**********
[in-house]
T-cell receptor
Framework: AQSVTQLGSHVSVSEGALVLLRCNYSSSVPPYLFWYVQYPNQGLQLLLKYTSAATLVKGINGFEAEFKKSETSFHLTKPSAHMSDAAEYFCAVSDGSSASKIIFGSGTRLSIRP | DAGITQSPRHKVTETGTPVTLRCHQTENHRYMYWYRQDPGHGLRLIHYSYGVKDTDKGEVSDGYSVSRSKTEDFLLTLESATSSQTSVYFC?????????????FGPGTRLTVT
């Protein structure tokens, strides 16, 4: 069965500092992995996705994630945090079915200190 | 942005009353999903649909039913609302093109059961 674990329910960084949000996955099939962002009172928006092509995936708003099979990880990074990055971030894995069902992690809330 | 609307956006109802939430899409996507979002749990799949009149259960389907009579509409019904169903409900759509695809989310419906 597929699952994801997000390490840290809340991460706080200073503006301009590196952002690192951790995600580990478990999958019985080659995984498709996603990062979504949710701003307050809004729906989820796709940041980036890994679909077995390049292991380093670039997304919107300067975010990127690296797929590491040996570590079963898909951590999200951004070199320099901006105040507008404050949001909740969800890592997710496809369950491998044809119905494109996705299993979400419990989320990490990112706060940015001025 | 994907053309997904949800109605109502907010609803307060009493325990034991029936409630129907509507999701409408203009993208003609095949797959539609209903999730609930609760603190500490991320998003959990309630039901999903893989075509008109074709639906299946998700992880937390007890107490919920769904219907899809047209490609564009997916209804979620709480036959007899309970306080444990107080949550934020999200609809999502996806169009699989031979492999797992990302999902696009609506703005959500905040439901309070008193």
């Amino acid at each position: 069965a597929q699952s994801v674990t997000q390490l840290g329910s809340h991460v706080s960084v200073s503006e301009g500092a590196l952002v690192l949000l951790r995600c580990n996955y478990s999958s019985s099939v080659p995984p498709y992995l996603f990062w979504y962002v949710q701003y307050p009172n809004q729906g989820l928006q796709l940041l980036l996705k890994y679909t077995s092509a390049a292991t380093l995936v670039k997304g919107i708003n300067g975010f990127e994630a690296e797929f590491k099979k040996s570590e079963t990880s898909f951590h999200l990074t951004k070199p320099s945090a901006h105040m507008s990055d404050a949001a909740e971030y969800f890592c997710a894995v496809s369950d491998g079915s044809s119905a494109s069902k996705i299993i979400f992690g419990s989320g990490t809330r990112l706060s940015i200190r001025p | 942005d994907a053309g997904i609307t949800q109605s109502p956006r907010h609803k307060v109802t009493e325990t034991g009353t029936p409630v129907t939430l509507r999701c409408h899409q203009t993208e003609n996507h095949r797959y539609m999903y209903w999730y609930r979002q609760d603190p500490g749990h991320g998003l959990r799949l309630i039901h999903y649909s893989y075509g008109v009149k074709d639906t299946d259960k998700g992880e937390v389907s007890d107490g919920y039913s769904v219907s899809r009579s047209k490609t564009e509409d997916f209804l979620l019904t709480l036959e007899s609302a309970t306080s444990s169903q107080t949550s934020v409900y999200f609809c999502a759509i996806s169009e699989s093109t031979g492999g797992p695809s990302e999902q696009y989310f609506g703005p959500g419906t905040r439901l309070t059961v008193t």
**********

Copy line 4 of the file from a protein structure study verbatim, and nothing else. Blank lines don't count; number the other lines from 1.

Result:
């Protein structure tokens, strides 16, 4: 069965500092992995996705994630945090079915200190 | 942005009353999903649909039913609302093109059961 674990329910960084949000996955099939962002009172928006092509995936708003099979990880990074990055971030894995069902992690809330 | 609307956006109802939430899409996507979002749990799949009149259960389907009579509409019904169903409900759509695809989310419906 597929699952994801997000390490840290809340991460706080200073503006301009590196952002690192951790995600580990478990999958019985080659995984498709996603990062979504949710701003307050809004729906989820796709940041980036890994679909077995390049292991380093670039997304919107300067975010990127690296797929590491040996570590079963898909951590999200951004070199320099901006105040507008404050949001909740969800890592997710496809369950491998044809119905494109996705299993979400419990989320990490990112706060940015001025 | 994907053309997904949800109605109502907010609803307060009493325990034991029936409630129907509507999701409408203009993208003609095949797959539609209903999730609930609760603190500490991320998003959990309630039901999903893989075509008109074709639906299946998700992880937390007890107490919920769904219907899809047209490609564009997916209804979620709480036959007899309970306080444990107080949550934020999200609809999502996806169009699989031979492999797992990302999902696009609506703005959500905040439901309070008193």